Learn more about Tom by watching the show.
I began interviewing Reggie McKenzie for my next book with
the theme of mental toughness. Reggie came from a large family in Highland
Park, Michigan and played for that special 1969 University of Michigan football
team that beat number one -ranked Ohio State at the time. How did this young
African-American football player, from a working-class family, achieve
All-American and All-Pro honors ? Reggie’sfather, born in Georgia, had to withdraw fromschool, atthe youthful age of 13, to help support the family by farming. Trust me,
Reggie’s father was mentally and physically tough.
Reggie’s mental toughness started as a young boy. He did not
askfor money ; he knew that if he
wanted money, he had to work for it. And of course, when he played for Bo
Schembechler, he learned more about himself, about his teammates and his
passion. Reggie, while young, started a foundation to assist the disadvantaged.
I’m excited in learning more about him. At this point I know he is a tough,
loving and giving human being.
Last Saturday, Tony and I ran a 30 K in the Sierra
mountains. Our run started about 5700 feet above sea level and then climbed to
about 8200 feet. This particular run was called “Lovers Leap of Faith.” It
wasn’t until last week, that Tony told me he needed a harder challenge. I told
him, “thanks.” As it turned out, this run was more difficult than he expected
because of the elevation and its changes, as well as the technical aspects of
During his run, he worried that I would be unhappy with this
choice of a running event. However, that didn’t stop him from setting the
My reward was being treated to ice creamat the Original Mel’s in Placerville by Tony.
I thanked him for the run as well as the ice cream. Some of you may not know
that Placerville was originally called “Hangtown.” That’s progress say the
Our TV guest on Thursday is Dan Barger. You will hear more
about him. In the meantime, keep moving, laughing, smiling and deep breathing.
"Vitality shows not only
in the ability to persist, but in the ability to start over." – F. Scott Fitzgerald
I am liking my Golden years and feel very fortunate.
Yesterday, Chris ,Carrie , Tony and I ran the trail. Tony and I are tapering
for Saturday’s 30 km run in the Sierras. It is super to be able to run and play
in the mountains. Being in the fresh air in gorgeous physical settings is an
unbelievable experience. To take advantage of what nature has to offer is very
special. Being healthy requires a will, dedication, knowledge and effort.
Taking a pill does not do the job.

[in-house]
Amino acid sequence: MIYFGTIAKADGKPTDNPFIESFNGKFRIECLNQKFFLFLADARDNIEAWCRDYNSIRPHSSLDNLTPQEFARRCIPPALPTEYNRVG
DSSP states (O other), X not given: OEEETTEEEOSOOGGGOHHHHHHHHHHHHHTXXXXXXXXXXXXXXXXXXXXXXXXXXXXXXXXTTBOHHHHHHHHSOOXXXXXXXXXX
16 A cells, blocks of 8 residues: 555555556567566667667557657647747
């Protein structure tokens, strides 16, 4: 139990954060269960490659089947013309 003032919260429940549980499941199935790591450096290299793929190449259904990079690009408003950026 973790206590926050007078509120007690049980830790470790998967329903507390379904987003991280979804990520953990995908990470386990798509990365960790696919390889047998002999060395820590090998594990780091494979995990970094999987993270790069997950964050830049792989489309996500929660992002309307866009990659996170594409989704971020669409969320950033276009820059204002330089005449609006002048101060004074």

Unfortunately, the number of friends who are injured at the
moment is saddening. For example, Chuck Mather had to cancel because of his
undiagnosed injury. Tony was disappointed for a number ofreasons. Other running friends such as Farah,
Randall and Diane round out today’s list. Get better my friends so you can join
us on the spiritual trail of health.
An article in the Wall Street Journal , datedJuly 16, 2013 was titled “the decline in male
fertility.” According to the article, there is a decline in sperm counts. Some
of you may say so what. However, sperm count has been linked with life
expectancy. Of course, like other health conditions, sperm counts are likely
related to critical periods perhaps even in the womb. Anyway, some of the
threats to sperm counts include the following: maternal smoking ,Phthalates(shampoo)
found in plastic bottles, sedentary jobs like sitting over two hours at a time, frequent hot baths,high fatdiets and even marijuana use. Once again, these factors are associated
sperm issues and can affect sperm count. Once again, critical periods such as
between eight and 14 weeks of gestation can have irreversible effects.
There are likely critical periods that interfere with taking
advantage of the Golden years. Perhaps it might be important to do a
self-evaluation and determine where you stand. It might be good for you.
I’m delighted to announce that Thursday’s TV Guest is none
other than Tom Christofk. A glimpse about Tom can be found in “It Has Nothing to Do with Age,”
Chapter 8. To set the stage for this next section, I was competing in my second
endurance ride of the year. I was competing in the Whiskey town 50 mile ride.
“Michael and I rode until we reached the last vet check. I was in front of him
and stayed in that position until the last vet checkpoint, about 44 miles into
the ride, where ultra runner Tom
Johnson(three-time winner of the Western states run) was assisting. I didn’t
realize it that Tom Christofk and Tony
were only a few minutes ahead of me; I used Tom and Tony as my yardstick for
speed !Raider and I were in about fifth or sixth place at the time and I was surprised Raider was that fast!
Unfortunately ,Raider clipped his rear
hock and was sore. This resulted in us being pulled from the race, which was a
huge disappointment. There was one more endurance ride before the Tevis.
Myspirits werestill high atthatpoint, but I was in denial.
With Raider pulled, it was unclear what that meant for the next race.”
To find out more about Tom, watch the show. Remember to keep
moving, smiling, laughing, and deep breathing in the process.
"To see what is in front
of one's nose needs a constant struggle." – George Orwell
Last Thursday’s TV show with Merv Pyorre was fun to say the
least. This man, although you would not know it, could not speak English when
he initiallyentered school in the Fort
Bragg area. He was part of a close net family with origins from Finland. His
father was called “ Vinegar Slim” and introduced and prepared him for the love
of the outdoors. To make a long story short, it was of no surprise that Merv
competed in ride andtie, endurance and
theTevis Cup. He told one story about